The confluence of social obligations and time spent on home maintenance chores wiped out the time for rants earlier this week. Sorry about that. So, today needs to be a catch-up day…
Congratulations to the Baylor women’s basketball team for their totally exciting win over Notre Dame in the NCAA Women’s final game on Sunday night. The games in the women’s tournament from the Elite 8 on down to the final game were generally interesting contests instead of monstrous blowouts. I have suggested in the past – and this year’s women’s tournament reinforces my belief in this suggestion – that the women’s tournament should not be 64 teams in scope. There just are not that many competitive programs in women’s basketball at this time and the women’s tournament would draw more interest if it could put on more competitive/compelling contests instead of early round blowouts where one team more than “doubles up” on its opponent. [See Mississippi St. 103 – Southern U 46.] Reducing the field to 32 would be a good idea; I think a better idea is to start with 24 teams; give 8 teams a bye through the first round and go from there. I doubt that is going to happen any time soon, but I do think it would be beneficial for women’s college basketball.
Congratulations to the Virginia men’s basketball team for winning the first national championship in school history. The games in the men’s tournament from the Sweet 16 forward were good contests – – even the Auburn win over UNC by 17 points was exciting to watch. I realize that there was another point where human error presented itself with regard to the officiating in the Auburn/UVa game. I refer back to my comments about officiating last week and the impossibility of eliminating human error from any human endeavor.
- [Aside: I forget which comedian said this, but he pointed out that if someone spent his lifetime making a device “idiot-proof”, it would not take the world long to develop a bigger idiot.]
Like most everyone else, I expected the final game against Texas Tech to be a low-scoring affair. At halftime, I thought to myself that 60 points could win the game and that 65 points would surely win the game. Well, it was 68-68 at the end of regulation time and the teams combined to score 26 points in the 5-minute overtime. So much for my expectations…
In terms of next season, Virginia stands to lose DeAndre Hunter to the NBA Draft, but the rest of the starters will be back. Michigan St. will also return a bunch of starters. Such is the positive aspect of staying out of the annual “one-and-done” recruiting wars…
Chris Mullin resigned as the head coach at St. John’s. If that was expected, the commentary surrounding the expectation escaped me. Mullin has been at St. John’s for 4 seasons and the team made the tournament this year for the first time since 2015 and for only the third time since 2002.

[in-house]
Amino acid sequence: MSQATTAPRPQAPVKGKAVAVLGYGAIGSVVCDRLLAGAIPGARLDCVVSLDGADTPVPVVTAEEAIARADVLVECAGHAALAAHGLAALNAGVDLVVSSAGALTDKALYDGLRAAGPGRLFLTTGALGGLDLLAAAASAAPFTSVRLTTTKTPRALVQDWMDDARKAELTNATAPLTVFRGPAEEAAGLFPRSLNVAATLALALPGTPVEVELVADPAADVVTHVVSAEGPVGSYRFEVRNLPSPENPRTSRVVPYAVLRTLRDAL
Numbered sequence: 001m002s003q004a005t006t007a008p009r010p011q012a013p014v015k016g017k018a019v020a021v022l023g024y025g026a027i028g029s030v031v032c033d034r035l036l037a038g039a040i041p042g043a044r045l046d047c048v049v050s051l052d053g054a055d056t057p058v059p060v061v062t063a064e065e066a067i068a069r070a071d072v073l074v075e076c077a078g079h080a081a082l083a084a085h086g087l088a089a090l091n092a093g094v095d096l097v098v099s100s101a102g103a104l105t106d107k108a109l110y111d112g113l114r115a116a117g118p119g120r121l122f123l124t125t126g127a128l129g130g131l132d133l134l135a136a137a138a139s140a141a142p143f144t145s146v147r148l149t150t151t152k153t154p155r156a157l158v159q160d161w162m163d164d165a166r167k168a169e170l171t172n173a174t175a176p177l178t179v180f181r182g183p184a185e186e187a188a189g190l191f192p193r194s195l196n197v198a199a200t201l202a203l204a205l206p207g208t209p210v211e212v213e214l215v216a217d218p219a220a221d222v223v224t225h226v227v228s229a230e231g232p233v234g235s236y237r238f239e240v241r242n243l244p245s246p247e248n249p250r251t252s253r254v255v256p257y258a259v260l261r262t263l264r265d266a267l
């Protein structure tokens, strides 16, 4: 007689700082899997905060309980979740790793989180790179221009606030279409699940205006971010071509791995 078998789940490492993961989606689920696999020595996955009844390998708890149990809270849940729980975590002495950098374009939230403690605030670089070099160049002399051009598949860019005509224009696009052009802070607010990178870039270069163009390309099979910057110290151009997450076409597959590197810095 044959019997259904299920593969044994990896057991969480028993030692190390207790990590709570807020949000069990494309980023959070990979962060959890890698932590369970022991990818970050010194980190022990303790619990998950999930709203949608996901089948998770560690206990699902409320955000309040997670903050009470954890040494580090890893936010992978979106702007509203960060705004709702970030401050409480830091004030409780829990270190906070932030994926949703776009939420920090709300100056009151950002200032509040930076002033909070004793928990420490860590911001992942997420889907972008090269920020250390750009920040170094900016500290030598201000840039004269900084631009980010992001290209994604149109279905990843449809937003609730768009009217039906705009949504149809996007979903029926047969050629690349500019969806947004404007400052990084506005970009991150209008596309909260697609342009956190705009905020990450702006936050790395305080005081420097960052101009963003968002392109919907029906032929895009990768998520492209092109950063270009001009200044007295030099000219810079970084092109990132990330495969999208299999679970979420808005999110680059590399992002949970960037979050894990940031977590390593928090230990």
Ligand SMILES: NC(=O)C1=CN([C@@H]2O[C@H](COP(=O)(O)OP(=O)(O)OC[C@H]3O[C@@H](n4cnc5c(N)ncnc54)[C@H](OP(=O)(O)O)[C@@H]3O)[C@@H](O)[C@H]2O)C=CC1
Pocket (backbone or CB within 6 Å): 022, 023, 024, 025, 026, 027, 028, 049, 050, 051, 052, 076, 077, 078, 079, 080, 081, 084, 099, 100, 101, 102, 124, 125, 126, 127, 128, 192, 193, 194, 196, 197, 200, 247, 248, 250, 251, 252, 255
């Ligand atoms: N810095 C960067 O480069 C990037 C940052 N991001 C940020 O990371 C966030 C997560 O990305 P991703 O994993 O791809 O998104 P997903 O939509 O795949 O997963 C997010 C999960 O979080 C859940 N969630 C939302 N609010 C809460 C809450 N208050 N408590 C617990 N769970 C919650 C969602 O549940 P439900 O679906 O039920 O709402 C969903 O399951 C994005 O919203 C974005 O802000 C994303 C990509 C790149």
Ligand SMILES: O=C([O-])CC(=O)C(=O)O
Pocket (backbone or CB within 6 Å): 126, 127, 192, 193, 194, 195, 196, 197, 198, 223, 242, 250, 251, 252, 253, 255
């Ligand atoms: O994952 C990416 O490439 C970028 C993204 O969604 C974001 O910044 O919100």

In my commentary last week about the NBA turning itself into a 3-point shooting contest with players launching them at the rate of about once every 46 seconds, a commenter, Rich, said that Wilt Chamberlain set some impressive scoring records (on the court and presumably in the bedroom too) without resorting to the 3-point shot. My response was that Chamberlains sent a lot of staggering records during his playing career. That sent me to the stat sites and from there let me present these facts:
- In NBA history, only 4 players have ever collected 40 or more rebounds in a single game.
- Jerry Lucas did that one time taking down 40 rebounds.
- Nate Thurmond also did that one time taking down 43 rebounds.
- Bill Russell did that 11 times taking down 40 or more rebounds in a single game. He snagged 51 rebounds in a game in 1960.
- Wilt Chamberlain did that 15 times taking down 40 or more rebounds in a single game. Chamberlain holds the NBA record for most rebounds in a game with 55 – – against the Boston Celtics with Bill Russell in 1960.
You may recall back when rumors began to get serious that the Lakers would fire Luke Walton soon after the NBA season ended, I said that the major issue in LA was not Walton; it was the roster handed to Walton by the Front Office of Magic Johnson and Rob Pelinka. Well, Magic Johnson just stepped down as President of the Lakers; he is leaving the free agency recruiting to “someone else”. I think Johnson has gotten a pass from criticism over his personnel decisions during his time with the Lakers because – – after all – – he IS Magic Johnson and how can one be critical of such a great person and such a great player. Well, he deserves to earn a “C-minus” for this aspect of his managerial endeavors. Luke Walton will probably also take a fall here; but Walton could not have been successful with the roster he had; Johnson could have done a better job than he did assembling the Lakers’ roster once LeBron James signed on.
This summer, the NBA will see a bunch of free agents with name recognition. There are three free agents who are at the top of the class:
- Kevin Durant
- Kyrie Irving
- Kawhi Leonard
[Aside: Maybe I could stretch a point and add Jimmy Butler to this list…]
If the Lakers – and their new recruiting team – do not entice at least one of those players to come and play alongside – and sometimes under – LeBron James, they will continue to be a non-playoff team in the NBA West. Unless, of course, the NBA Lottery once again “miraculously” awards the Lakers a top pick that gets them Zion Williamson …
Finally, since I mentioned Jimmy Butler above, consider this comment from Brad Rock in the Deseret News:
“A study says one-third of young Chicagoans want to leave the city.
“Maybe Jimmy Butler wasn’t so wrong after all.”
But don’t get me wrong, I love sports………